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Whither Trinity College in new century?

by Ananda Pilimatalavuva

The missionaries of the Church Missionary Society (CMS) of England arrived in Ceylon (Sri Lanka) in 1817 soon after the country was ceded to Britain. On Governor Sir Robert Brownrigg's suggestion they proceeded to Kandy where they obtained a piece of land from Government to open the first CMS schools in the interior.

Trinity College entrance

On appeals received by the authorities for a schools of higher education in Kandy, the Rev Ireland Jones arrived from England in 1857 and set up the Kandy Collegiate School with the object of "reaching the sons of Kandy an Chiefs and bringing them under the influence of a Christian education".

This collegiate school operated for about six years, and was closed in 1863/64. But due to fresh appeals from the Sinhalese to re-open the school, in 1872 the CMS sent out the Rev. Richard Collins, the Principal of the CMS Syrian College of Travancore to re-open the collegiate school in Kandy.

Hence the school was accordingly re-opened on January 17 of that year (1872) and Trinity counts its existence from that date; with the awareness created in Kandy for higher education, and the opening of the railway to Kandy the school became accessible and in time popular in the interior and the whole island.

In 1872 Trinity even boasted a boarding, and their now famous motto "Respice Finem" was introduced by 1873, and a crest designed; this evolved into the present Cross and Crowns by 1912. Finally the CMS changed the school's name to its present "Trinity College' in 1876.

By 1884 even the first graduate in the person of L.E. Blaze was produced.

The first seventy years of Trinity saw great English missionaries from England giving leadership to the school; as that was a time when the cream of their universities entered the Church and volunteered for service abroad in the colonies, hence the school was in safe hands.

With the cry for independence in the colonies the dedicated missionaries going out to the colonies diminished, as they realised that they had left behind sufficient educated and trained personnel to take over the reins of leadership in the schools they established.

Hence the educated sons of the soil began administering these schools.

The last of the Englishmen to lead Trinity was the Rev. R.W. Stopford who later went on to become Bishop of London.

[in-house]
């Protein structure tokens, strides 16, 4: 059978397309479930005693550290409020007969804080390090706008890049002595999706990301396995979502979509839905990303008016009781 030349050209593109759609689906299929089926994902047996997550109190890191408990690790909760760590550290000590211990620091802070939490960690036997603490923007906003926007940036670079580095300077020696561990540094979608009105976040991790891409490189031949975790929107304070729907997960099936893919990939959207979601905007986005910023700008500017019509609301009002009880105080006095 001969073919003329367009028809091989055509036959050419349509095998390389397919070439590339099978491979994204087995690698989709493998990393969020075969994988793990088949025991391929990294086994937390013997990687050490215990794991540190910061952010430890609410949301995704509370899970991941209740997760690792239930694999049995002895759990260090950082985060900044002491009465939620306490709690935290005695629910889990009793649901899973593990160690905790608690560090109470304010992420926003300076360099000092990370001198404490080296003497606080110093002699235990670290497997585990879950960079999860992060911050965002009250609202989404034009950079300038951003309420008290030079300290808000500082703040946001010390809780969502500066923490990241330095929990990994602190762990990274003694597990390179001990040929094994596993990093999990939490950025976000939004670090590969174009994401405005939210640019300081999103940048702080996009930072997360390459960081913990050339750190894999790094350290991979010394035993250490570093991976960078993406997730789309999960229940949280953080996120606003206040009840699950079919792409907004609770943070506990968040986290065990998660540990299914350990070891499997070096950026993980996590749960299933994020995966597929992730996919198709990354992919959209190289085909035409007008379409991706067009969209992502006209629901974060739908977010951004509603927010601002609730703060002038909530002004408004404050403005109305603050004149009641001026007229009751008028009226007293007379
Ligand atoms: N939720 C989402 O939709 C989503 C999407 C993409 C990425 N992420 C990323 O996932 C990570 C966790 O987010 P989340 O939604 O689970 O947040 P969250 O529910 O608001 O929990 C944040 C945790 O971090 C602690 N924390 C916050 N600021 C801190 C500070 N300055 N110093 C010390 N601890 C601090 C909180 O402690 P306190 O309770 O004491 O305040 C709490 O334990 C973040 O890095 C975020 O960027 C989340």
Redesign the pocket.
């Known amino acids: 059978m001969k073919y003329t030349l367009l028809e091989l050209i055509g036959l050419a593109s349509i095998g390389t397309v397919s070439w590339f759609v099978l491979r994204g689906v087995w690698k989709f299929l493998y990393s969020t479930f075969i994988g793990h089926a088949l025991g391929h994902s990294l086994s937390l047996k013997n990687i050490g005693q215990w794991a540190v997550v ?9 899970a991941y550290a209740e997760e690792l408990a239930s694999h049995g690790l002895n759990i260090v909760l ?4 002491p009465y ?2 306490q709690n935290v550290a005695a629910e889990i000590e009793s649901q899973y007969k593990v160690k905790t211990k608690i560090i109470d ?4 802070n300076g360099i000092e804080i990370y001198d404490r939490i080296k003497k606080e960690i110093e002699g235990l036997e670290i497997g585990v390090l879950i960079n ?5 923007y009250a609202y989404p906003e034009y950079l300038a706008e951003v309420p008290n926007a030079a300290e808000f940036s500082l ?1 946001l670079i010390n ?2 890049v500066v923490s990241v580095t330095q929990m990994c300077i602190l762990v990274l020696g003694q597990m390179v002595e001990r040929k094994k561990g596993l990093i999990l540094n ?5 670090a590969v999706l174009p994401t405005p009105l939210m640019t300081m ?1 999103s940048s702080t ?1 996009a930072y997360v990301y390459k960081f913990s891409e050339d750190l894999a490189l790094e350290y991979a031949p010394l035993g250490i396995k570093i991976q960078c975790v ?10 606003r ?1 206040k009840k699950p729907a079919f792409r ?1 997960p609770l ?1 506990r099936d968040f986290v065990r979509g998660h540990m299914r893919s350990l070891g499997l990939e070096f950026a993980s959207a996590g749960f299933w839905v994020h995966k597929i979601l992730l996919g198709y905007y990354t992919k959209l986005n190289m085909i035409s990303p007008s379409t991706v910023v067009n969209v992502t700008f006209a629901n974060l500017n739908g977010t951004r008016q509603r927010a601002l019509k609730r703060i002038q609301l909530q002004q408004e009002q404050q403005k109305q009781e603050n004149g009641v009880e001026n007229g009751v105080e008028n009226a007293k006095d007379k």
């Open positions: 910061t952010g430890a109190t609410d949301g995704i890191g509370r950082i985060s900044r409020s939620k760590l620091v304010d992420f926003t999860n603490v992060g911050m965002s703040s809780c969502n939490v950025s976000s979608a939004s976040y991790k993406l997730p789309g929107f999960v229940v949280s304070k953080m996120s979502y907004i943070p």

His successor C.E. Simithraaratchy, was the first Ceylonese and old boy of the school to head the institution. Mr. Simithraaratchchy was confronted with a major problem in deciding whether to join the government scheme and go for free education or remain private and fee levying.

To his eternal credit he faced this problem squarely and decided to remain private. His decision was silently endorsed by the parents when they continued to keep their sons at Trinity.

This decision preceded another important decision the Church Missionary Society took, with independence to the island being imminent, in 1940 to hand over the management of the school to an independent Board of Governors (BoG) consisting of eminent persons, old boys and a few churchmen to serve in an ex officio capacity to ensure a smooth transfer to the sons of the soil.

The constitution of this Board provided that the Board shall be responsible to the parent committee of the CMS in London, the immovable property continued to be vested in the Church Missionary Trust Association Ltd., as custodian of the CMS.

These decisions showed the depth of vision of the Church Missionary Society who realized that the time was up to transfer management of the school to the locals.

In October 1959, the Executive Committee of the CMS approved a new constitution and resolved that it comes into force on November 1st 1959.

In January 1960 the Directors of the Church Missionary Trust Association Ltd., passed a resolution whereby the Church Missionary Trust Association Ltd., vested in the Board the immovable properties which they held in trust for the College.